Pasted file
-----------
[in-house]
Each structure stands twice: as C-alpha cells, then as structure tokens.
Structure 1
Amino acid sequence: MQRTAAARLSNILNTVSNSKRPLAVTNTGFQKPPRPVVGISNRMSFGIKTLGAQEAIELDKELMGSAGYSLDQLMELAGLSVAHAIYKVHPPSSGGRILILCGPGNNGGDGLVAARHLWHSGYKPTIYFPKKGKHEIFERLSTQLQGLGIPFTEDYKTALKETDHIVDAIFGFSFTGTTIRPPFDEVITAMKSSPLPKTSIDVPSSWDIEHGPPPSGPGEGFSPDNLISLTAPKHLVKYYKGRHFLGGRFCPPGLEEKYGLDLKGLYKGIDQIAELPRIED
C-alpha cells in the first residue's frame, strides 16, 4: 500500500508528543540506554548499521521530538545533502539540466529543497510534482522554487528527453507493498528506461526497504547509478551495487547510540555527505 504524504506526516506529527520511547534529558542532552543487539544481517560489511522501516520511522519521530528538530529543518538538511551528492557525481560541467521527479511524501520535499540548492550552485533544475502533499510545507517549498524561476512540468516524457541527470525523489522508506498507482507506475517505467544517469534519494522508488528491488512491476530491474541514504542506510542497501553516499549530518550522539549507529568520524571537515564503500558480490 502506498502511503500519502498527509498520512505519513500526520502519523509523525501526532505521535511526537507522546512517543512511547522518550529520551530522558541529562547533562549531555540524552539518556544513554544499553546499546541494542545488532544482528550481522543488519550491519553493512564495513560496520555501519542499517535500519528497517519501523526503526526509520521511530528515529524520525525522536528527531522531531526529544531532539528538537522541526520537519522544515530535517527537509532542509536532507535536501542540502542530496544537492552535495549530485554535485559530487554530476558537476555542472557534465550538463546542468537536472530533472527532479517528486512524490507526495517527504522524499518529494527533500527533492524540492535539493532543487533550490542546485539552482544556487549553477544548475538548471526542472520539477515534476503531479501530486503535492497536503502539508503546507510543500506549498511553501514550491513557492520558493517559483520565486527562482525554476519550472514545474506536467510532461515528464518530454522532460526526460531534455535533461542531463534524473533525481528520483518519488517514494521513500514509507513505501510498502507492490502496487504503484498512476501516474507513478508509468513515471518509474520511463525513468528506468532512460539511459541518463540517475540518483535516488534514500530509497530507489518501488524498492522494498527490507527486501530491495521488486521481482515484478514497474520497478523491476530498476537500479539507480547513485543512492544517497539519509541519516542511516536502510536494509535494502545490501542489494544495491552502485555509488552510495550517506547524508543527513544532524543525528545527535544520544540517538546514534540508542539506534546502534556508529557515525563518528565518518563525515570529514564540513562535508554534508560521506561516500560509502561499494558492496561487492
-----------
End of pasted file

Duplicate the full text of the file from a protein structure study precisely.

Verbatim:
[in-house]
Each structure stands twice: as C-alpha cells, then as structure tokens.
Structure 1
Amino acid sequence: MQRTAAARLSNILNTVSNSKRPLAVTNTGFQKPPRPVVGISNRMSFGIKTLGAQEAIELDKELMGSAGYSLDQLMELAGLSVAHAIYKVHPPSSGGRILILCGPGNNGGDGLVAARHLWHSGYKPTIYFPKKGKHEIFERLSTQLQGLGIPFTEDYKTALKETDHIVDAIFGFSFTGTTIRPPFDEVITAMKSSPLPKTSIDVPSSWDIEHGPPPSGPGEGFSPDNLISLTAPKHLVKYYKGRHFLGGRFCPPGLEEKYGLDLKGLYKGIDQIAELPRIED
C-alpha cells in the first residue's frame, strides 16, 4: 500500500508528543540506554548499521521530538545533502539540466529543497510534482522554487528527453507493498528506461526497504547509478551495487547510540555527505 504524504506526516506529527520511547534529558542532552543487539544481517560489511522501516520511522519521530528538530529543518538538511551528492557525481560541467521527479511524501520535499540548492550552485533544475502533499510545507517549498524561476512540468516524457541527470525523489522508506498507482507506475517505467544517469534519494522508488528491488512491476530491474541514504542506510542497501553516499549530518550522539549507529568520524571537515564503500558480490 502506498502511503500519502498527509498520512505519513500526520502519523509523525501526532505521535511526537507522546512517543512511547522518550529520551530522558541529562547533562549531555540524552539518556544513554544499553546499546541494542545488532544482528550481522543488519550491519553493512564495513560496520555501519542499517535500519528497517519501523526503526526509520521511530528515529524520525525522536528527531522531531526529544531532539528538537522541526520537519522544515530535517527537509532542509536532507535536501542540502542530496544537492552535495549530485554535485559530487554530476558537476555542472557534465550538463546542468537536472530533472527532479517528486512524490507526495517527504522524499518529494527533500527533492524540492535539493532543487533550490542546485539552482544556487549553477544548475538548471526542472520539477515534476503531479501530486503535492497536503502539508503546507510543500506549498511553501514550491513557492520558493517559483520565486527562482525554476519550472514545474506536467510532461515528464518530454522532460526526460531534455535533461542531463534524473533525481528520483518519488517514494521513500514509507513505501510498502507492490502496487504503484498512476501516474507513478508509468513515471518509474520511463525513468528506468532512460539511459541518463540517475540518483535516488534514500530509497530507489518501488524498492522494498527490507527486501530491495521488486521481482515484478514497474520497478523491476530498476537500479539507480547513485543512492544517497539519509541519516542511516536502510536494509535494502545490501542489494544495491552502485555509488552510495550517506547524508543527513544532524543525528545527535544520544540517538546514534540508542539506534546502534556508529557515525563518528565518518563525515570529514564540513562535508554534508560521506561516500560509502561499494558492496561487492